And now adherents of the proposition that the world is fundamentally comprised of energy are helping turn the world upside down, or is it right side up?
History reveals that consensus reality—shared, group worldview—changes as circumstance gives way to new perceptions. From a flat earth to a geocentric universe to a quantum cosmos, our relationship with the world routinely undergoes upheaval. Yet the changes tend not to be immediately cataclysmic or transformative. It took some time before the ideas of Copernicus took hold, even after Galileo’s validating efforts. Einstein thought aspects of a quantum universe just couldn’t be right. Yet his legacy lives and breathes. And now adherents of the proposition that the world is fundamentally comprised of energy are helping turn the world upside down, or is it right side up? It's a matter of consciousness.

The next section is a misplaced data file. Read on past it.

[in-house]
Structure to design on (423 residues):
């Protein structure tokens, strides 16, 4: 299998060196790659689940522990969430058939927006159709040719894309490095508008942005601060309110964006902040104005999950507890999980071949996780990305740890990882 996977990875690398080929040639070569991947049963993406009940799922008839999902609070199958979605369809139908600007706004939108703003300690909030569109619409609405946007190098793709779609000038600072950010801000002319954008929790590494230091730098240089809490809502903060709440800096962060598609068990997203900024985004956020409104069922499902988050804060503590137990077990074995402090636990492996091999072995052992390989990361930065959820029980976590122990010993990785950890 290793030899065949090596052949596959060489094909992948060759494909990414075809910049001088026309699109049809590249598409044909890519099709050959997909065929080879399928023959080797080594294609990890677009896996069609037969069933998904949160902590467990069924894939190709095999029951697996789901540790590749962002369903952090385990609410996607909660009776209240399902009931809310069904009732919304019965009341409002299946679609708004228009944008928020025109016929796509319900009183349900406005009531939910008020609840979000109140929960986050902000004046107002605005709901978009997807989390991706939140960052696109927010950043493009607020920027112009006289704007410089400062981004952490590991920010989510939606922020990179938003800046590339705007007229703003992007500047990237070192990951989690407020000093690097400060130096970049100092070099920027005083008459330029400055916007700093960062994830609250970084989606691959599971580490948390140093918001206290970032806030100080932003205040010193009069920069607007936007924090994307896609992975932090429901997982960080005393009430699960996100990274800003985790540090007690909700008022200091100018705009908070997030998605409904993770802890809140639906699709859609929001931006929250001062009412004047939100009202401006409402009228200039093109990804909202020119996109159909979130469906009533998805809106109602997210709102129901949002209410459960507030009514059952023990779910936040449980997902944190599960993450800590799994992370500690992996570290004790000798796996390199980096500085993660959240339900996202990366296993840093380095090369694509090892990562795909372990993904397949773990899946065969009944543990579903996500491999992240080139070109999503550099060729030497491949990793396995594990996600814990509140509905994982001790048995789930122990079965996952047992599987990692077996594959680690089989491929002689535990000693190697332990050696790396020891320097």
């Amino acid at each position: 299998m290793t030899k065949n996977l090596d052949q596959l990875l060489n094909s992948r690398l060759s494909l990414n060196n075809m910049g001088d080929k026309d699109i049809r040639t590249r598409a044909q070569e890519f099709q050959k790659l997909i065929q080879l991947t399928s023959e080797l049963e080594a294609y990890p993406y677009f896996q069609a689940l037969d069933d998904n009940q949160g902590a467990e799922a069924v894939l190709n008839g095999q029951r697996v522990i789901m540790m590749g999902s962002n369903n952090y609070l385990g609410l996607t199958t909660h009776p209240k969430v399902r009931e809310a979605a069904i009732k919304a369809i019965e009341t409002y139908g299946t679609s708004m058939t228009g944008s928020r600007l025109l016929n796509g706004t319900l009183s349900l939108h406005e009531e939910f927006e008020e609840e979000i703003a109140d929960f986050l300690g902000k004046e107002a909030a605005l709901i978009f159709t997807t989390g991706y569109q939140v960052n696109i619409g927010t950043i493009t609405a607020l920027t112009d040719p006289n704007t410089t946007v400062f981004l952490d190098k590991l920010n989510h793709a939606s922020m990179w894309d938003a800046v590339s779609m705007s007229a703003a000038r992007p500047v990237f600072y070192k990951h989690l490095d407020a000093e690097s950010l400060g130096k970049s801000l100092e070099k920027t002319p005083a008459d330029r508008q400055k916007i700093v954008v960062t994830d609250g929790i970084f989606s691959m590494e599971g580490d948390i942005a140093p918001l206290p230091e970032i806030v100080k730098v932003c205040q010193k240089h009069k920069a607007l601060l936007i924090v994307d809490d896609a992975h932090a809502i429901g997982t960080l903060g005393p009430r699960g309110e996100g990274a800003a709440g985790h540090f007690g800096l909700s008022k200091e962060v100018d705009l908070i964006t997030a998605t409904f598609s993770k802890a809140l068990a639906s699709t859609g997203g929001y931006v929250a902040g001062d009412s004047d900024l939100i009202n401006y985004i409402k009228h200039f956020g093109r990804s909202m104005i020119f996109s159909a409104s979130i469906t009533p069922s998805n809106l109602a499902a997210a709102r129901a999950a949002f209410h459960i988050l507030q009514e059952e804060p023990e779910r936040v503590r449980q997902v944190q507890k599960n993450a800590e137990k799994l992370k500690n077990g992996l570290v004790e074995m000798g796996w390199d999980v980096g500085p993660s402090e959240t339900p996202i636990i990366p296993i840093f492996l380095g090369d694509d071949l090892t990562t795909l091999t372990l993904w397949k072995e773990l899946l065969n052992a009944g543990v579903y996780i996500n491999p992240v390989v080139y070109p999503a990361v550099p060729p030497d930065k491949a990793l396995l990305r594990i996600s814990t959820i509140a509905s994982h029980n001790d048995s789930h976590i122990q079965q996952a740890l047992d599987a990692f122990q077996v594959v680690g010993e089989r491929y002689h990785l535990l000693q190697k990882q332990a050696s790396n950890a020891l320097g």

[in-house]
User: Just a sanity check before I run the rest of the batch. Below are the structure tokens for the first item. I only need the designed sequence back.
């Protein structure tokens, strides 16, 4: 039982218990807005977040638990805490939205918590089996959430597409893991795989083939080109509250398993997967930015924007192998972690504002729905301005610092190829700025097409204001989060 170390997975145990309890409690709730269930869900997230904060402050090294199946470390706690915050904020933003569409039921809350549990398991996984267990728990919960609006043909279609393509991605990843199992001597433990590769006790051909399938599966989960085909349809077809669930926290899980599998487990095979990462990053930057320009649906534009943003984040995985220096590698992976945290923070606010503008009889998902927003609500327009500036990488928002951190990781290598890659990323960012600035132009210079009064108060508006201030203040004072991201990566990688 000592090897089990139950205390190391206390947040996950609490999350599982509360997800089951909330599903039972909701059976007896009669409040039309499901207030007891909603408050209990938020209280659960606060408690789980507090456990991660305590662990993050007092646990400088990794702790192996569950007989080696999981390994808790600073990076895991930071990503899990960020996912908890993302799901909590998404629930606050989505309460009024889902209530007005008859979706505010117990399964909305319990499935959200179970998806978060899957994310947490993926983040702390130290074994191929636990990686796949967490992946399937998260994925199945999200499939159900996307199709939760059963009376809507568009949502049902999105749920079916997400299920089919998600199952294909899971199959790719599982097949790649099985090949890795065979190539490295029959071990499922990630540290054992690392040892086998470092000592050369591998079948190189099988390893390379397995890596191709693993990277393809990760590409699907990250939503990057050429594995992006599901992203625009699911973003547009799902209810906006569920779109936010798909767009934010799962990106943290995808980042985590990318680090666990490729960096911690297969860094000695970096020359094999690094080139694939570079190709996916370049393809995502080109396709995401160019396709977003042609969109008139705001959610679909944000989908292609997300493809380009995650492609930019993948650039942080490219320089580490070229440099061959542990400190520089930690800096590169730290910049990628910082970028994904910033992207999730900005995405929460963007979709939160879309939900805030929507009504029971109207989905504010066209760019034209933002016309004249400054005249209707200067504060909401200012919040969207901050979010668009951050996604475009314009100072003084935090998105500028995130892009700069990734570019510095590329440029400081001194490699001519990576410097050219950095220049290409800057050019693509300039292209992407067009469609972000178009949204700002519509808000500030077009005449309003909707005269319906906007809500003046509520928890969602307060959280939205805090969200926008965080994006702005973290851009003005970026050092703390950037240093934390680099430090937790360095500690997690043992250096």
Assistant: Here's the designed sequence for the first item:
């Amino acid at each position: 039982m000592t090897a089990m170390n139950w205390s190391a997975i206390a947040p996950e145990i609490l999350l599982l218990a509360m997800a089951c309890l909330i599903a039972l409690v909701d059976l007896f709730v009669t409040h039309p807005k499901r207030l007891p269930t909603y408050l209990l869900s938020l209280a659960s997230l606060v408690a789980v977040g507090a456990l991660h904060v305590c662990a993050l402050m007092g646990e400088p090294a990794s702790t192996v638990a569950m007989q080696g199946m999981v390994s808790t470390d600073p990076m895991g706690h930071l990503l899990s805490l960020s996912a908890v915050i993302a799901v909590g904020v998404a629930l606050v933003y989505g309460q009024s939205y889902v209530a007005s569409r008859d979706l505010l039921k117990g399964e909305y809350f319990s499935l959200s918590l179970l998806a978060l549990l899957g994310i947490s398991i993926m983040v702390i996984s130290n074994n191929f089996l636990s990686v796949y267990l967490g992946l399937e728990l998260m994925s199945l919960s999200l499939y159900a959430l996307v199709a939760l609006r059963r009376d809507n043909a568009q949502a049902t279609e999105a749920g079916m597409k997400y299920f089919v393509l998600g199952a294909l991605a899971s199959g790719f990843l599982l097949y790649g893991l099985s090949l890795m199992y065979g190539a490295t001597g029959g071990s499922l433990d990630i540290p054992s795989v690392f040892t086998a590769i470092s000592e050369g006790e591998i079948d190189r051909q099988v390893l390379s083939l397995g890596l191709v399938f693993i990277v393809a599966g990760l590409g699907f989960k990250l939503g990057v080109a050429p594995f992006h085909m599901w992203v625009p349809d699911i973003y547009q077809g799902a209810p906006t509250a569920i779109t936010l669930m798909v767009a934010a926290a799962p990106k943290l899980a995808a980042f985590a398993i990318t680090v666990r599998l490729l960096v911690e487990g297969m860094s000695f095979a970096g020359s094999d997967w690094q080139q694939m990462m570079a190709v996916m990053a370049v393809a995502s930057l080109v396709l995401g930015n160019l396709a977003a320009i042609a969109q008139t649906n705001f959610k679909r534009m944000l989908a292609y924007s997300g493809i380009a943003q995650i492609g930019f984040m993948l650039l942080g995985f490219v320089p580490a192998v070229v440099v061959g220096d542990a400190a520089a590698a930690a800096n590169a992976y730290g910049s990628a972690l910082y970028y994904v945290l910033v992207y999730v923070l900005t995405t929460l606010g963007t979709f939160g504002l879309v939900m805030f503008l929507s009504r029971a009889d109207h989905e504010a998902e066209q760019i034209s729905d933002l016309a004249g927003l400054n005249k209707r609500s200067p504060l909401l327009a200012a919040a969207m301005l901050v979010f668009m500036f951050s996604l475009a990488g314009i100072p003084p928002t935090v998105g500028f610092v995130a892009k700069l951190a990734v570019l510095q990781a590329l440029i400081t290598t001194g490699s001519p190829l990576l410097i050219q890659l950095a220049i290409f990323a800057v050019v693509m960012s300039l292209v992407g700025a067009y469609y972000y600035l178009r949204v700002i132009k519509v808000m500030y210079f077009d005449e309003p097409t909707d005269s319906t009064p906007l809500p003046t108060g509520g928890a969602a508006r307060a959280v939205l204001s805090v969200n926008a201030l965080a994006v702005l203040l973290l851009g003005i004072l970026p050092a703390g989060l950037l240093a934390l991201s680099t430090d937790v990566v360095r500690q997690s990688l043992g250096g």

But as psychology professor and Zen student Susan Blackmore points out in her text Consciousness, actually defining consciousness remains one of the all-time riddles.28 However, we don’t need to define consciousness in order to use it to become more conscious. We do need the wherewithal provided by context and procedures that deliberately target the development and use of awareness. This process is the basis of biocognitive technologies.
First Section: Conscious and Unconscious